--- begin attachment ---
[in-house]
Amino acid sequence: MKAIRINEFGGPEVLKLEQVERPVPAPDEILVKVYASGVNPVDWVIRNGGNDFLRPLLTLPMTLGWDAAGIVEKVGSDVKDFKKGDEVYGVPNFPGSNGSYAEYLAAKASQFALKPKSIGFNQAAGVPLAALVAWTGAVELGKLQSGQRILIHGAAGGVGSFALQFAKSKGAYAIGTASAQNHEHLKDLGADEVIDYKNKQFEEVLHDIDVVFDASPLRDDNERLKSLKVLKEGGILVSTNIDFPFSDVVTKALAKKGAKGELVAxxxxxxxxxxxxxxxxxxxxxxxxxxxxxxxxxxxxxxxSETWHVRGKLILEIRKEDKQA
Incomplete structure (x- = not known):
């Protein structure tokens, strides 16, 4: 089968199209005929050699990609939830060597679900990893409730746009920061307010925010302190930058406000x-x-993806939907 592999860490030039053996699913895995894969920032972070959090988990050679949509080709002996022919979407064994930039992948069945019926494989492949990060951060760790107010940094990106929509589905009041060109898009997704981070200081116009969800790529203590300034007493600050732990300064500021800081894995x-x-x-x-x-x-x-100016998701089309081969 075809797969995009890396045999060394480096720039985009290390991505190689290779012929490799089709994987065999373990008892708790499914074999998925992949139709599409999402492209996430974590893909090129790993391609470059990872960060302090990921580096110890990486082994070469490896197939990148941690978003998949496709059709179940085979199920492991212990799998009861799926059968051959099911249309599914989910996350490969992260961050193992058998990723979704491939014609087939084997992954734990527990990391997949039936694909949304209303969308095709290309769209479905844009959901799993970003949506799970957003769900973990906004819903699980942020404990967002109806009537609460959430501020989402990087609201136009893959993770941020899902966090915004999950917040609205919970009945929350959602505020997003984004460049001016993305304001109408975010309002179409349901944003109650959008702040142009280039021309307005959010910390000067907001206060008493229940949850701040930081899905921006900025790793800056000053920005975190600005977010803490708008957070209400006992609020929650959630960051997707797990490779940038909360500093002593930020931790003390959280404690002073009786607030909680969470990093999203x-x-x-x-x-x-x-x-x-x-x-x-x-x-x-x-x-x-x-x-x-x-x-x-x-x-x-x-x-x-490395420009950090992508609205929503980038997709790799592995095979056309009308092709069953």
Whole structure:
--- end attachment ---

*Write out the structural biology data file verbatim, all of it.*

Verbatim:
[in-house]
Amino acid sequence: MKAIRINEFGGPEVLKLEQVERPVPAPDEILVKVYASGVNPVDWVIRNGGNDFLRPLLTLPMTLGWDAAGIVEKVGSDVKDFKKGDEVYGVPNFPGSNGSYAEYLAAKASQFALKPKSIGFNQAAGVPLAALVAWTGAVELGKLQSGQRILIHGAAGGVGSFALQFAKSKGAYAIGTASAQNHEHLKDLGADEVIDYKNKQFEEVLHDIDVVFDASPLRDDNERLKSLKVLKEGGILVSTNIDFPFSDVVTKALAKKGAKGELVAxxxxxxxxxxxxxxxxxxxxxxxxxxxxxxxxxxxxxxxSETWHVRGKLILEIRKEDKQA
Incomplete structure (x- = not known):
């Protein structure tokens, strides 16, 4: 089968199209005929050699990609939830060597679900990893409730746009920061307010925010302190930058406000x-x-993806939907 592999860490030039053996699913895995894969920032972070959090988990050679949509080709002996022919979407064994930039992948069945019926494989492949990060951060760790107010940094990106929509589905009041060109898009997704981070200081116009969800790529203590300034007493600050732990300064500021800081894995x-x-x-x-x-x-x-100016998701089309081969 075809797969995009890396045999060394480096720039985009290390991505190689290779012929490799089709994987065999373990008892708790499914074999998925992949139709599409999402492209996430974590893909090129790993391609470059990872960060302090990921580096110890990486082994070469490896197939990148941690978003998949496709059709179940085979199920492991212990799998009861799926059968051959099911249309599914989910996350490969992260961050193992058998990723979704491939014609087939084997992954734990527990990391997949039936694909949304209303969308095709290309769209479905844009959901799993970003949506799970957003769900973990906004819903699980942020404990967002109806009537609460959430501020989402990087609201136009893959993770941020899902966090915004999950917040609205919970009945929350959602505020997003984004460049001016993305304001109408975010309002179409349901944003109650959008702040142009280039021309307005959010910390000067907001206060008493229940949850701040930081899905921006900025790793800056000053920005975190600005977010803490708008957070209400006992609020929650959630960051997707797990490779940038909360500093002593930020931790003390959280404690002073009786607030909680969470990093999203x-x-x-x-x-x-x-x-x-x-x-x-x-x-x-x-x-x-x-x-x-x-x-x-x-x-x-x-x-x-490395420009950090992508609205929503980038997709790799592995095979056309009308092709069953």
Whole structure: